Washington Strengthens Data Breach Law, Effective March 1, 2020
On May 7, 2019, Governor Jay Inslee signed new legislation strengthening Washington’s data breach law, RCW §§ 19.225.010, et. seq.
The new provisions expand consumer data breach notification requirements to include more types of consumer information and shorten the deadline for businesses to notify consumers and the state attorney general of a breach. The new legislation—which unanimously passed both chambers of the Washington legislature in April 2019—will take effect on March 1, 2020.
Expanded breach notification requirements include more types of “personally identifiable information”
Under the current law, a business that experiences a data breach must notify consumers only if the breach exposes a consumer’s name alongside one of four types of “personally identifiable information”: his or her Social Security number, driver’s license number, state ID number, or financial account information. The revised law expands this list of “personally identifiable information” to also trigger a business’ notification obligations when a consumer’s name is exposed in combination with any of the following:
- Full date of birth
- Health insurance ID numbers
- Medical history information
- Student ID numbers
- Military ID numbers
- Passport ID numbers
- Online login credentials, such as username-password combinations or security questions and answers
- Biometric data, such as DNA profiles, fingerprints, voiceprints, or eye retinas
- Electronic signatures
Shortened deadline for notifying consumers of a breach
The new legislation shortens the deadline for notifying affected consumers and the state attorney general of a breach from 45 days to 30 days after discovery.
Additional notice requirements
The notice to consumers must now include the “time frame of exposure, if known,” including the date the breach occurred and the date of discovery. In addition, the notice to the attorney general—which is mandatory in the event that a single breach affects more than 500 Washington residents—must now include (1) the time frame of exposure; (2) a list of the types of personal information affected by the breach; (3) a summary of the steps taken to contain the breach; and (4) a sample of the notice to be provided to consumers. The law also imposes an ongoing duty to provide updates if any of the required information is not known at the time of notification.
Specific procedures for compromised login credentials
Finally, if a breach compromises login credentials—usernames, passwords, or security questions and answers—the new legislation requires that the notice to affected consumers prompt them to take appropriate steps to secure the affected account and all other accounts that use the same credentials. In addition, the law specifies that the company cannot notify consumers of the breach by emailing the compromised account. Instead, the company must employ an alternate notification method, such as posting an alert on its website or contacting the news media.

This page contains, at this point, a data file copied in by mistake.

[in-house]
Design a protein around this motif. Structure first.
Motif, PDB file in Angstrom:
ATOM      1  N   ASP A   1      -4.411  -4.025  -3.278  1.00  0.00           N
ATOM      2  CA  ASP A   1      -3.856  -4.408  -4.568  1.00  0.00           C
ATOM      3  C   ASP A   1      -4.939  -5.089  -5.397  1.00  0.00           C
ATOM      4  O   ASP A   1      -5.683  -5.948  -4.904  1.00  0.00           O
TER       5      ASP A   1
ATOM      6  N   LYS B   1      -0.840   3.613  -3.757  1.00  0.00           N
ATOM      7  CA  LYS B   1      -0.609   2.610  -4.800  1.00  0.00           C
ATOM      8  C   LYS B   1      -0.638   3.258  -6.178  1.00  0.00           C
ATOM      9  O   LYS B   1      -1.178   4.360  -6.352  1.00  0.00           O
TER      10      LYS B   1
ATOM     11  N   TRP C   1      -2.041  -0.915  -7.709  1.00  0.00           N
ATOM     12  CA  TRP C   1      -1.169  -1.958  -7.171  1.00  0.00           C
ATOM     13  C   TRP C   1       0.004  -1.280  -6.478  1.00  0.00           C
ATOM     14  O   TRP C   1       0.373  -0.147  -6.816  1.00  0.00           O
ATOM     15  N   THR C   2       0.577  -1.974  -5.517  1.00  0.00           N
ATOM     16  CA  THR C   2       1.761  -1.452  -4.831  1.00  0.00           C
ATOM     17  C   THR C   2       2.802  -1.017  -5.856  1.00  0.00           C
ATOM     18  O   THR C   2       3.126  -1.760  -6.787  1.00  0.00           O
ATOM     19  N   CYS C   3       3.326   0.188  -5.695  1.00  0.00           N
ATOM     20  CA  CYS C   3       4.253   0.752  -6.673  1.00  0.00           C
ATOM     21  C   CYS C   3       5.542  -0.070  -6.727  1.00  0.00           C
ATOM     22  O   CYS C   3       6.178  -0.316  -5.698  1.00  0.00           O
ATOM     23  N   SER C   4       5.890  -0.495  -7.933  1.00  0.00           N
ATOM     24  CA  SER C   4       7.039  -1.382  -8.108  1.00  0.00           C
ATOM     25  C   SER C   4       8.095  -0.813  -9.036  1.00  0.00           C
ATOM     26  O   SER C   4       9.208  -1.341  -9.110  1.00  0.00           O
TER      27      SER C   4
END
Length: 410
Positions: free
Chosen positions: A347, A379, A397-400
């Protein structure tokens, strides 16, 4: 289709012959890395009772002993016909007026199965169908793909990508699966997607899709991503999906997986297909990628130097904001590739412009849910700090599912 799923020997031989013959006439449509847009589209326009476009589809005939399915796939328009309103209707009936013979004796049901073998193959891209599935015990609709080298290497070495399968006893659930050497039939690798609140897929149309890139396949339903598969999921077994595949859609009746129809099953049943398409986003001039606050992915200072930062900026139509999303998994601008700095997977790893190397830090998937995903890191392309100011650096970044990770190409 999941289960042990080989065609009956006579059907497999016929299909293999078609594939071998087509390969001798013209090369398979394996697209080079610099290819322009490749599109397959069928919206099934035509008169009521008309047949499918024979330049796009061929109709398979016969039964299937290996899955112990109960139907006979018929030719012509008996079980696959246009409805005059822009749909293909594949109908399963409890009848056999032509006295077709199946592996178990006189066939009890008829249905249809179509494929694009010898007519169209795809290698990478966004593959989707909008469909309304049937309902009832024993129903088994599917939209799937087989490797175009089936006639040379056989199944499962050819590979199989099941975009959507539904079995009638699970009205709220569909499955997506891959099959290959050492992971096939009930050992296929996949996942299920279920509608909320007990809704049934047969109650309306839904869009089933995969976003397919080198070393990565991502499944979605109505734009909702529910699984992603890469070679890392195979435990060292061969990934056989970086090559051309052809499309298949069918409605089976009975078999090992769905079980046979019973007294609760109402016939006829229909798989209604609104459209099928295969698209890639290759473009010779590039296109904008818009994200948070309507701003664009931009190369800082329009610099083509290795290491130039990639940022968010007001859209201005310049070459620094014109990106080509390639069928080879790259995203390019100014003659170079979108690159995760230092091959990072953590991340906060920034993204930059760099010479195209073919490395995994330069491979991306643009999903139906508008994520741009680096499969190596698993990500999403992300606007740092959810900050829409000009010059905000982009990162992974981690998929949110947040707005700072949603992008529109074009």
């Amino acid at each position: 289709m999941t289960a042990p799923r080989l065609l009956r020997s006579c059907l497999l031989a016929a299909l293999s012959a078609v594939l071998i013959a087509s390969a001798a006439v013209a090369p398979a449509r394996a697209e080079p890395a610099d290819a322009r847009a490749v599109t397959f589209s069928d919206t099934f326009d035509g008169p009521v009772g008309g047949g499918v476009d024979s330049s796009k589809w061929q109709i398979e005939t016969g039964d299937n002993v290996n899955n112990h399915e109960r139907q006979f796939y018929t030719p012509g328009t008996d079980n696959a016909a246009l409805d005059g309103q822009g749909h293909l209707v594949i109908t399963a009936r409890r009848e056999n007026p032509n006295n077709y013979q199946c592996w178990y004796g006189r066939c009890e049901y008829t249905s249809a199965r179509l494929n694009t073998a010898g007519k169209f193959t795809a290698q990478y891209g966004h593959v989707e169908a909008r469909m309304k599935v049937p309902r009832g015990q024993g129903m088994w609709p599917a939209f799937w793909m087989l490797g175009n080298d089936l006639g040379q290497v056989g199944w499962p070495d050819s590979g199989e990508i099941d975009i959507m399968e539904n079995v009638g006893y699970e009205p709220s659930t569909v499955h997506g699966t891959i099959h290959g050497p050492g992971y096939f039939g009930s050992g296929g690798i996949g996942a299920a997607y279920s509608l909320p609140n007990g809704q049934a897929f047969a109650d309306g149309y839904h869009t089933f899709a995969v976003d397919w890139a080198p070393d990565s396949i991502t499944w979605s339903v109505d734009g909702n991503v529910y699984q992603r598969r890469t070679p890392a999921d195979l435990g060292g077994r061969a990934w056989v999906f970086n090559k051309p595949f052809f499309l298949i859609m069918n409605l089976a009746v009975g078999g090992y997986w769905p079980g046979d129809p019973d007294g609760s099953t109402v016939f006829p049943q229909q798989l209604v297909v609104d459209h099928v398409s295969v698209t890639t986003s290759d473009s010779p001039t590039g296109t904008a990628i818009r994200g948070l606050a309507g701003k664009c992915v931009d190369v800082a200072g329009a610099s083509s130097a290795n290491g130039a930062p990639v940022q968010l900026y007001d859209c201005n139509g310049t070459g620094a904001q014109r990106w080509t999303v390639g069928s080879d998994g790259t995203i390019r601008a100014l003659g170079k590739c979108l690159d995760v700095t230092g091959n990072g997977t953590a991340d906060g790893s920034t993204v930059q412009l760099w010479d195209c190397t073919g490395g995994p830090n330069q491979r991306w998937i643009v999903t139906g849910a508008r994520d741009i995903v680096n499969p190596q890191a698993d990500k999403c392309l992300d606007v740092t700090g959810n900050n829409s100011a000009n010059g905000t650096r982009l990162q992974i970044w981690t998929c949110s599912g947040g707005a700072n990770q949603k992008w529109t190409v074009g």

As the revisions to the data breach law do not take effect until March 1, 2020, Washington businesses have some time to prepare for the coming changes. If you have any questions about how the expanded data breach law might affect you or your business, please contact a member of Foster Pepper’s Intellectual Property
Team and Foster Pepper’s Privacy, Cybersecurity and Data Protection Group
Washington Legislature Fails To Enact Data Privacy Bill
While the changes to the data breach law sailed through both chambers of the Washington state legislature, efforts to enact new statewide privacy regulations stalled in the House of Representatives as legislators, privacy advocates, and key tech players failed to reach an agreement.
The Washington Privacy Act (“WPA”), SB 5376
, was modeled after the EU’s stringent General Data Protection Regulation (“GDPR”) rather than the California Consumer Privacy Act passed last June. The WPA’s proposed GDPR-like protections would have made it one of the strongest privacy laws in the country, providing Washington residents with the right to access data that companies have about them in order to ascertain who is using that data and why, the right to correct inaccurate information, the right to delete certain personal data, and the right to opt out of certain uses of data, such as for targeted advertising. The legislation also would have required companies to take certain steps to prevent data breaches and imposed stricter limitations on the use of facial recognition technology by private businesses and law enforcement.
Although the bill failed to come to a vote in the House this session, with it is 46-1 passage through the Senate, it is likely to be considered again in future sessions.